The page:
I am teaching AP American History. We are talking about the Burr Hamilton Duel. I am having a lot of trouble finding information regarding the legality of the duel. Was it against the law in New Jersey? Why was New York able to indict Burr if it happened in New Jersey?
A review of the secondary literature on the Burr-Hamilton duel does indeed reveal some inconsistency on whether the duel was illegal. Perhaps the inconsistency is partly the result of conflicting personal and political judgments contemporary to the event: Burr and Hamilton were leaders of opposing political factions.
The duel was fought on the early morning of July 11, 1804. Burr and Hamilton, and their seconds, had rowed out separately from New York City across the Hudson River to a narrow spot just below the Palisades at Weehawken, New Jersey. It was a secluded grassy ledge, only about six feet wide and thirty feet long above the river, with no footpath or road leading to it. Cedar trees growing on the ledge partially obscured it from across the river.
It was a place where duelists from New York City could go to settle their affairs in secret as dueling per se was not illegal in New Jersey. Duels took place at the Weehawken spot from about 1799 to 1837, when the last determined pair of duelists were interrupted in their preparations by a police constable, who put them in jail to await the action of the grand jury.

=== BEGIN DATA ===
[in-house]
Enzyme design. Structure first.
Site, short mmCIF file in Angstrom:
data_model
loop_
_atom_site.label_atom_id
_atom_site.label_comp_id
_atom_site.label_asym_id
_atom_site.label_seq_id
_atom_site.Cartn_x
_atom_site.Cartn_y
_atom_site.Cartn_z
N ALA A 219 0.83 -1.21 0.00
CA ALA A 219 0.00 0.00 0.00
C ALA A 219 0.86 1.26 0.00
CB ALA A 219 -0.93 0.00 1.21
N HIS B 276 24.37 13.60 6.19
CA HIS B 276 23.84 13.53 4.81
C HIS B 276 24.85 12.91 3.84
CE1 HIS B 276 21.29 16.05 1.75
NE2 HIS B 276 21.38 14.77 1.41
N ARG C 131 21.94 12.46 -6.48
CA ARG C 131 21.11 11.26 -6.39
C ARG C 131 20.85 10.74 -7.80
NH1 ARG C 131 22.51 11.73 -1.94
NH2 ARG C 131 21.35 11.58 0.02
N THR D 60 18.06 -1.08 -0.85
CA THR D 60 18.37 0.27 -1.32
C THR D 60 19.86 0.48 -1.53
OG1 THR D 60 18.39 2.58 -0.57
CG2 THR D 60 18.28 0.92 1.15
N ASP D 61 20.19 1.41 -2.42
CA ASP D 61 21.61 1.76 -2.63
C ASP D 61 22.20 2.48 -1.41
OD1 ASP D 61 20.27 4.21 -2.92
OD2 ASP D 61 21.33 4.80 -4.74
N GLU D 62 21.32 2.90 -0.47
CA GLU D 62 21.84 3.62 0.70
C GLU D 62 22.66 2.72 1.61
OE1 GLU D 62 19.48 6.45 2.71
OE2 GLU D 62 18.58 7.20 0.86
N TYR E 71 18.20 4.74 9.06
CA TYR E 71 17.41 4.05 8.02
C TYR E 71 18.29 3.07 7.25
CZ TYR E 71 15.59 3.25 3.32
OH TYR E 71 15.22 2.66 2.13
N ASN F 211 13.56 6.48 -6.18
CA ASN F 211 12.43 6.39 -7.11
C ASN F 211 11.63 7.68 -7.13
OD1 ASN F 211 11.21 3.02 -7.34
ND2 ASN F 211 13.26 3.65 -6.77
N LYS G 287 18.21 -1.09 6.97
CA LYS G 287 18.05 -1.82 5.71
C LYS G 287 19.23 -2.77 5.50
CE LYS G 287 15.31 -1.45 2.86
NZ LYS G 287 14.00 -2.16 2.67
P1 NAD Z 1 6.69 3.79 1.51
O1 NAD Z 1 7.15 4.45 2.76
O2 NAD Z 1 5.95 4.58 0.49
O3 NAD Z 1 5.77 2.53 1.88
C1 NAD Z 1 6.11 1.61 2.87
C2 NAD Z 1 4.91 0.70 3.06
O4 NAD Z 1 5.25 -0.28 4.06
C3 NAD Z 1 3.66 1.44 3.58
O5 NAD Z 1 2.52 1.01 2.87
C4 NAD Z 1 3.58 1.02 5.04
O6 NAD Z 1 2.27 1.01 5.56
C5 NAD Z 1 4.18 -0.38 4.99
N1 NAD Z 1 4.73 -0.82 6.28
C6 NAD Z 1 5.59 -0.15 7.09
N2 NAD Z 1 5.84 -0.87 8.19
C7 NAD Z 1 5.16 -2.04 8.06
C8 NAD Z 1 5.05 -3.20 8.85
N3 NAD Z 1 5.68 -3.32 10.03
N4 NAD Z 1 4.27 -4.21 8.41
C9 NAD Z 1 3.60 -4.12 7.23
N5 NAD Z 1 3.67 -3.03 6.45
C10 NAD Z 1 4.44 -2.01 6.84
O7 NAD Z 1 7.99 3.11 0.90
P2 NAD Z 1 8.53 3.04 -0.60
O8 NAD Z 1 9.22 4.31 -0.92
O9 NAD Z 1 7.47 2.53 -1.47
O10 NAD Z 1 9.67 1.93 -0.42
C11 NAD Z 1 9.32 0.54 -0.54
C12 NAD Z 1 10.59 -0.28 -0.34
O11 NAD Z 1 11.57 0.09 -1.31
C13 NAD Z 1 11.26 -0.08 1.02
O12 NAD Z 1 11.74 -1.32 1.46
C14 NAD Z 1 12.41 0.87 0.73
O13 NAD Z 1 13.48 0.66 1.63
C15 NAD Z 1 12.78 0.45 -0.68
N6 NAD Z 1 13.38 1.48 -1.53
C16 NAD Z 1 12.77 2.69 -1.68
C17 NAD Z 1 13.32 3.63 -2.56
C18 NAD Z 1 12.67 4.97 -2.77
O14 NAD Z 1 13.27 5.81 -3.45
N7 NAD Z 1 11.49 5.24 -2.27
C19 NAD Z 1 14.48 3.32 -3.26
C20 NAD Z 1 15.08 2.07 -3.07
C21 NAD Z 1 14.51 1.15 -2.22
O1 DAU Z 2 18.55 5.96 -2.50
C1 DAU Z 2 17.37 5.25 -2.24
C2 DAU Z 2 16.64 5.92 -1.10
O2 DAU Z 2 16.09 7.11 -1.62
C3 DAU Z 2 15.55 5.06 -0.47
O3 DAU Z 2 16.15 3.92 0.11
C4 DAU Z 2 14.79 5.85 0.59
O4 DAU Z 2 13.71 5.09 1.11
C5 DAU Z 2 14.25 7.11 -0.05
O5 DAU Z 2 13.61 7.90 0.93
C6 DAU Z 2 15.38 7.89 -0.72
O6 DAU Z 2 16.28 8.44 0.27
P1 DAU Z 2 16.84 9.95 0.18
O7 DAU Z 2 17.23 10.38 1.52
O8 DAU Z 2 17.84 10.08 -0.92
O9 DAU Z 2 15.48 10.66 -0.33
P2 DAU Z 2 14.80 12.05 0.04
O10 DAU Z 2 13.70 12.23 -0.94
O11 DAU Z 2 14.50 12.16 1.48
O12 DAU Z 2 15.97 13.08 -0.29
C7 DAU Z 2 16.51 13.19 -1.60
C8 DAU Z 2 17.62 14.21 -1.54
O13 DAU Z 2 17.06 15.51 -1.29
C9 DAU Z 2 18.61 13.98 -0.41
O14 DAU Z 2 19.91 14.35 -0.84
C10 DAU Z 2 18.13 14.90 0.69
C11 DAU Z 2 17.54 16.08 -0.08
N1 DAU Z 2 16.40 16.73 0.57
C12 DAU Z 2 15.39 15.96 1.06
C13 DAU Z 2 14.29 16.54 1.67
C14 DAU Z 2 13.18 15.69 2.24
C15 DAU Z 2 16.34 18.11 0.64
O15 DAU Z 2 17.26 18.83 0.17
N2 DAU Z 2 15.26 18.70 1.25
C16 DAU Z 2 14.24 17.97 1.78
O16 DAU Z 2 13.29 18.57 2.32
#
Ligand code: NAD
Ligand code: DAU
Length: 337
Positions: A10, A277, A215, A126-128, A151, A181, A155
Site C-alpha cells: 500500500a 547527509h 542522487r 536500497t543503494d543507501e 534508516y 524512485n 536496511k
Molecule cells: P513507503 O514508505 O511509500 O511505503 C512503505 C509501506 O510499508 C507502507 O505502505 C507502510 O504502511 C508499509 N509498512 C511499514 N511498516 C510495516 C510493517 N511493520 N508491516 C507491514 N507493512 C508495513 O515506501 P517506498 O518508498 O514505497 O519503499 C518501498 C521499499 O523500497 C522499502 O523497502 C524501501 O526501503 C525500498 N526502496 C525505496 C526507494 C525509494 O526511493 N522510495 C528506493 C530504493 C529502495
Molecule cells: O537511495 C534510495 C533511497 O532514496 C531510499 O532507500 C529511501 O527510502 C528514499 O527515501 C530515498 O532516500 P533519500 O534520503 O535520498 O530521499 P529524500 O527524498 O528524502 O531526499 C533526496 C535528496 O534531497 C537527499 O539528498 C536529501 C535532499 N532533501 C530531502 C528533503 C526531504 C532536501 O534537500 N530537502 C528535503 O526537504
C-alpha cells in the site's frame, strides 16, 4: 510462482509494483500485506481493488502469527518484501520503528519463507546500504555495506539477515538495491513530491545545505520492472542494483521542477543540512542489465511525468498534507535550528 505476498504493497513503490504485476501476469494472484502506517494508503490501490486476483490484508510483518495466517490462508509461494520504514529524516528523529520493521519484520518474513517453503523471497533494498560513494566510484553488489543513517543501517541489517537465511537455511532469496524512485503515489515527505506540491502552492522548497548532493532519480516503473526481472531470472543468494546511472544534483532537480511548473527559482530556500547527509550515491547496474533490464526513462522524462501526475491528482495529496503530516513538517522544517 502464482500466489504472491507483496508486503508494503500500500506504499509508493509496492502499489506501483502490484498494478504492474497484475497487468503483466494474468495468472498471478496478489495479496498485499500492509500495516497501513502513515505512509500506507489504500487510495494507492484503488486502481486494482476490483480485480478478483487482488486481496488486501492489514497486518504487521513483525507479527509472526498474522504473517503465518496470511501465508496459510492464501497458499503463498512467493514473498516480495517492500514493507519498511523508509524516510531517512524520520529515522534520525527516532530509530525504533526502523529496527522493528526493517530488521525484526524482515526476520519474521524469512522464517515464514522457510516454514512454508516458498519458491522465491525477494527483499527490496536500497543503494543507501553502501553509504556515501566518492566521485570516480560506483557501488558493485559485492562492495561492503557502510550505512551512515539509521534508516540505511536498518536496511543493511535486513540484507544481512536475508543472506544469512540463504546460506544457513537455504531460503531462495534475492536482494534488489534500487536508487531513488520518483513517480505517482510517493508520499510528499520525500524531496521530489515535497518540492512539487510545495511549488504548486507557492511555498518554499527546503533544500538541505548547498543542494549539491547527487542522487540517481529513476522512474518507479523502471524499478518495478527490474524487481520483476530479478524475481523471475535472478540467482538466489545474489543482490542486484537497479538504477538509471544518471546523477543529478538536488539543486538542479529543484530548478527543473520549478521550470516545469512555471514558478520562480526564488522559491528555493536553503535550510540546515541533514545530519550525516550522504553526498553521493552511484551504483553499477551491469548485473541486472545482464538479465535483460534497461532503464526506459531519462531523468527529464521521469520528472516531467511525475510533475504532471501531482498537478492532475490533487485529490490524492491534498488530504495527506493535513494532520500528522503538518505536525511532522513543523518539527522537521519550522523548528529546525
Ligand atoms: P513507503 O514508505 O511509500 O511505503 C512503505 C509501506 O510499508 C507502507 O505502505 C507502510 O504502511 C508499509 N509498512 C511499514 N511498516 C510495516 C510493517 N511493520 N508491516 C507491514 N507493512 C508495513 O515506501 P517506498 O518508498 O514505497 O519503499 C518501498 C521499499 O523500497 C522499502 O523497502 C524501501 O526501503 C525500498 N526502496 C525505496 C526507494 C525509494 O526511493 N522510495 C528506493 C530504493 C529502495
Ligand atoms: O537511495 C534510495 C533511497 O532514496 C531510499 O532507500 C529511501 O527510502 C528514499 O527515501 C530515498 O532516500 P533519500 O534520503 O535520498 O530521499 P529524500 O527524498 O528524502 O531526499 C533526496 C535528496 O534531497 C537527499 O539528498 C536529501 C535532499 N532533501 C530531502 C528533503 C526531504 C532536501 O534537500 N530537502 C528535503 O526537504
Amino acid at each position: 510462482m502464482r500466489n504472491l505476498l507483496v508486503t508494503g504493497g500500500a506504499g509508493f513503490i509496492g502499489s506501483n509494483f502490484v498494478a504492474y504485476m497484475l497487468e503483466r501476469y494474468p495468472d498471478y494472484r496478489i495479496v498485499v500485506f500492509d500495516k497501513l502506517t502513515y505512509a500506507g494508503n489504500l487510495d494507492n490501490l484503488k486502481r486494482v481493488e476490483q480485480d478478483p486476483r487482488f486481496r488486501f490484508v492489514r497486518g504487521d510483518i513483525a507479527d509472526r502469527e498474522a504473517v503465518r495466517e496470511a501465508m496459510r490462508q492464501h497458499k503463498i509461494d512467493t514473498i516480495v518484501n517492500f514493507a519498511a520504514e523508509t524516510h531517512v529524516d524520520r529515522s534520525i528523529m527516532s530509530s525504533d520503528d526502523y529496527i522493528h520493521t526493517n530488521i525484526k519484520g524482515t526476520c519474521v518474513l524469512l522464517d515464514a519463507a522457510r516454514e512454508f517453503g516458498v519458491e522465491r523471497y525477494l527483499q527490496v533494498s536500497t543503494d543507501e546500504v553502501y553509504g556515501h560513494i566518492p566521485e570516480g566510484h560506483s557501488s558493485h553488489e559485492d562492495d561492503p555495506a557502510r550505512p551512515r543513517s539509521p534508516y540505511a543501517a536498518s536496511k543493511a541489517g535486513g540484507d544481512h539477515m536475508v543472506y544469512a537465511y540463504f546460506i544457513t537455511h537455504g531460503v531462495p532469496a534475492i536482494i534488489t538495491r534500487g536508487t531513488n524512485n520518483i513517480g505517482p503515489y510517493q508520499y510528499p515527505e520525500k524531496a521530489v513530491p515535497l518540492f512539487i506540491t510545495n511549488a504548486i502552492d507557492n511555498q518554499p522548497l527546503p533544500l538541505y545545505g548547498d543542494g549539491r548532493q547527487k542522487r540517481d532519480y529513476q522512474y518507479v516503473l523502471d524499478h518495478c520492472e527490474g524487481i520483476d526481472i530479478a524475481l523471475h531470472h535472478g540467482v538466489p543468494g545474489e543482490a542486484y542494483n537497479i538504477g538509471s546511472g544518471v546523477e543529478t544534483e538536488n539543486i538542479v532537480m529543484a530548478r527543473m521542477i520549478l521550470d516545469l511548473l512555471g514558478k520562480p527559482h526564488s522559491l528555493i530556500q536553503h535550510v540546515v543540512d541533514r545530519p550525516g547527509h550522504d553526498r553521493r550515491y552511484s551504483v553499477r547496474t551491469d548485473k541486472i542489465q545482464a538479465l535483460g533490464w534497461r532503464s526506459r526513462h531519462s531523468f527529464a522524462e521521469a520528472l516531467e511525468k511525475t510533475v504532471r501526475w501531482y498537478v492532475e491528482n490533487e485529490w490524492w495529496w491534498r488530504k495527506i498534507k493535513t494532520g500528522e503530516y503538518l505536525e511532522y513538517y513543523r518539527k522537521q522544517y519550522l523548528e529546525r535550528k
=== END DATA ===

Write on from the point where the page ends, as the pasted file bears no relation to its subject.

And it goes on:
Hamilton’s 18-year-old son Philip had been killed in a duel there on January 10, 1802, just two years previously. After that, Hamilton had successfully helped pass a New York law making it illegal to send or accept a challenge to a duel. Those convicted were liable to lose the right to vote and were barred from holding public office for 20 years, but no duelist had yet been prosecuted. Public sentiment supporting the duty to uphold one’s honor if it had been questioned was still strong and could not easily be ignored, even by those who questioned the practice of dueling.
The participants in a duel—including the principals and their seconds—also typically arranged things in order to make it difficult to convict them. For example, they ensured that none of the participants actually saw the guns as they were being transported to the dueling ground, they kept silent about their purpose, and they had the seconds turn their backs while the shots were exchanged. This would allow them to later deny having heard or seen specific things, decreasing the chance that they might be held as accessories to a crime.
After the duel, Burr and Hamilton were each transported back across the river by their seconds, Burr having mortally wounded Hamilton, who died at his physician’s home the following day.
In New York City, a coroner’s jury of inquest was called on the 13th of July, the day after Hamilton’s death. Although Hamilton was shot in New Jersey, he died in New York, and therefore, Burr (his enemies said) could be prosecuted in New York. The jury sat intermittently until August 2, and considered, among other evidence, the contents of the letters that Hamilton and Burr had exchanged before the duel. These letters suggested to some on the jury that Burr had in fact enticed or even forced Hamilton into the duel, pushing the affair over the line from one of settling honor to one of deliberate murder which was a capital offense.